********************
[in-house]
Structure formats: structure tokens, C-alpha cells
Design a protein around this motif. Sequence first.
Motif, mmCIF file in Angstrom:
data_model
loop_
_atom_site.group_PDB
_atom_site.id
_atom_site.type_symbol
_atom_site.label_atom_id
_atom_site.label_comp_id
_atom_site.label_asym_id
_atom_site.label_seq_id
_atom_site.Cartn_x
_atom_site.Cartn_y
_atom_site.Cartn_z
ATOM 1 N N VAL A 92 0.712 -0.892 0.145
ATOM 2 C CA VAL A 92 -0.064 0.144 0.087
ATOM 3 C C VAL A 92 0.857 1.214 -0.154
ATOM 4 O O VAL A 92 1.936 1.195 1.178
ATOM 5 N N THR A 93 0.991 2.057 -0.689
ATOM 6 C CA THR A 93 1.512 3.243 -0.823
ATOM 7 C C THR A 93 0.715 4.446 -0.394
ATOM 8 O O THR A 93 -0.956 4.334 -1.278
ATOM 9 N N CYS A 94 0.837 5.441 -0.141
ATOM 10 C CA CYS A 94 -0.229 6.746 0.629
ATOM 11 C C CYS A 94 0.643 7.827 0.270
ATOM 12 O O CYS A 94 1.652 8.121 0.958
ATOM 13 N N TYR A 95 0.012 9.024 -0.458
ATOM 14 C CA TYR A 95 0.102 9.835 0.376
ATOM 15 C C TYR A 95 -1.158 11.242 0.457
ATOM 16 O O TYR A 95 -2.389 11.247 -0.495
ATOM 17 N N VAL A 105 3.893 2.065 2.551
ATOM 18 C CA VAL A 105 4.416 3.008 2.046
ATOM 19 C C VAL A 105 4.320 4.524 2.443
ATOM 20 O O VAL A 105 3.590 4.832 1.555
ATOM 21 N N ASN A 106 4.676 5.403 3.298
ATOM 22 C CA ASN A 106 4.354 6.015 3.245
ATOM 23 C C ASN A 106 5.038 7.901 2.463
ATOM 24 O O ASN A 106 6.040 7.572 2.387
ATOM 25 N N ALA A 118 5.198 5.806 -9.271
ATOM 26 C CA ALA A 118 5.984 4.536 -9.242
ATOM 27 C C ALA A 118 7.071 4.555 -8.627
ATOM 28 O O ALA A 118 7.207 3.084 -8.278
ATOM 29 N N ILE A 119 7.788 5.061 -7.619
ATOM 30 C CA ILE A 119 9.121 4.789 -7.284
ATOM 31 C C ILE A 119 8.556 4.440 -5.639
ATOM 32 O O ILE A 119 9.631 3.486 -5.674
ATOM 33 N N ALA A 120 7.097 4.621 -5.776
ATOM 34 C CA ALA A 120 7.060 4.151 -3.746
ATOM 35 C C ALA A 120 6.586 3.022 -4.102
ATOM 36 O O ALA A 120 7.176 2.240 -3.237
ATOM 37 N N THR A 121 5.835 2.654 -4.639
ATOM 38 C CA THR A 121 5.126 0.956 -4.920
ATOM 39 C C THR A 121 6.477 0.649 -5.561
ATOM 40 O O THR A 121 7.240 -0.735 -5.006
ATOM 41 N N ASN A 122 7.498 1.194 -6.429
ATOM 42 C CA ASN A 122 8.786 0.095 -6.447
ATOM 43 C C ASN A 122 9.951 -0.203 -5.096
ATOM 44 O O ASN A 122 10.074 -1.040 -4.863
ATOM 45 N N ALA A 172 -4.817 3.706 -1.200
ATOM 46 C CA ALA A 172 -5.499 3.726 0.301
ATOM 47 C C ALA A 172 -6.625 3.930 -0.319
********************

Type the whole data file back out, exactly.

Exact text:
[in-house]
Structure formats: structure tokens, C-alpha cells
Design a protein around this motif. Sequence first.
Motif, mmCIF file in Angstrom:
data_model
loop_
_atom_site.group_PDB
_atom_site.id
_atom_site.type_symbol
_atom_site.label_atom_id
_atom_site.label_comp_id
_atom_site.label_asym_id
_atom_site.label_seq_id
_atom_site.Cartn_x
_atom_site.Cartn_y
_atom_site.Cartn_z
ATOM 1 N N VAL A 92 0.712 -0.892 0.145
ATOM 2 C CA VAL A 92 -0.064 0.144 0.087
ATOM 3 C C VAL A 92 0.857 1.214 -0.154
ATOM 4 O O VAL A 92 1.936 1.195 1.178
ATOM 5 N N THR A 93 0.991 2.057 -0.689
ATOM 6 C CA THR A 93 1.512 3.243 -0.823
ATOM 7 C C THR A 93 0.715 4.446 -0.394
ATOM 8 O O THR A 93 -0.956 4.334 -1.278
ATOM 9 N N CYS A 94 0.837 5.441 -0.141
ATOM 10 C CA CYS A 94 -0.229 6.746 0.629
ATOM 11 C C CYS A 94 0.643 7.827 0.270
ATOM 12 O O CYS A 94 1.652 8.121 0.958
ATOM 13 N N TYR A 95 0.012 9.024 -0.458
ATOM 14 C CA TYR A 95 0.102 9.835 0.376
ATOM 15 C C TYR A 95 -1.158 11.242 0.457
ATOM 16 O O TYR A 95 -2.389 11.247 -0.495
ATOM 17 N N VAL A 105 3.893 2.065 2.551
ATOM 18 C CA VAL A 105 4.416 3.008 2.046
ATOM 19 C C VAL A 105 4.320 4.524 2.443
ATOM 20 O O VAL A 105 3.590 4.832 1.555
ATOM 21 N N ASN A 106 4.676 5.403 3.298
ATOM 22 C CA ASN A 106 4.354 6.015 3.245
ATOM 23 C C ASN A 106 5.038 7.901 2.463
ATOM 24 O O ASN A 106 6.040 7.572 2.387
ATOM 25 N N ALA A 118 5.198 5.806 -9.271
ATOM 26 C CA ALA A 118 5.984 4.536 -9.242
ATOM 27 C C ALA A 118 7.071 4.555 -8.627
ATOM 28 O O ALA A 118 7.207 3.084 -8.278
ATOM 29 N N ILE A 119 7.788 5.061 -7.619
ATOM 30 C CA ILE A 119 9.121 4.789 -7.284
ATOM 31 C C ILE A 119 8.556 4.440 -5.639
ATOM 32 O O ILE A 119 9.631 3.486 -5.674
ATOM 33 N N ALA A 120 7.097 4.621 -5.776
ATOM 34 C CA ALA A 120 7.060 4.151 -3.746
ATOM 35 C C ALA A 120 6.586 3.022 -4.102
ATOM 36 O O ALA A 120 7.176 2.240 -3.237
ATOM 37 N N THR A 121 5.835 2.654 -4.639
ATOM 38 C CA THR A 121 5.126 0.956 -4.920
ATOM 39 C C THR A 121 6.477 0.649 -5.561
ATOM 40 O O THR A 121 7.240 -0.735 -5.006
ATOM 41 N N ASN A 122 7.498 1.194 -6.429
ATOM 42 C CA ASN A 122 8.786 0.095 -6.447
ATOM 43 C C ASN A 122 9.951 -0.203 -5.096
ATOM 44 O O ASN A 122 10.074 -1.040 -4.863
ATOM 45 N N ALA A 172 -4.817 3.706 -1.200
ATOM 46 C CA ALA A 172 -5.499 3.726 0.301
ATOM 47 C C ALA A 172 -6.625 3.930 -0.319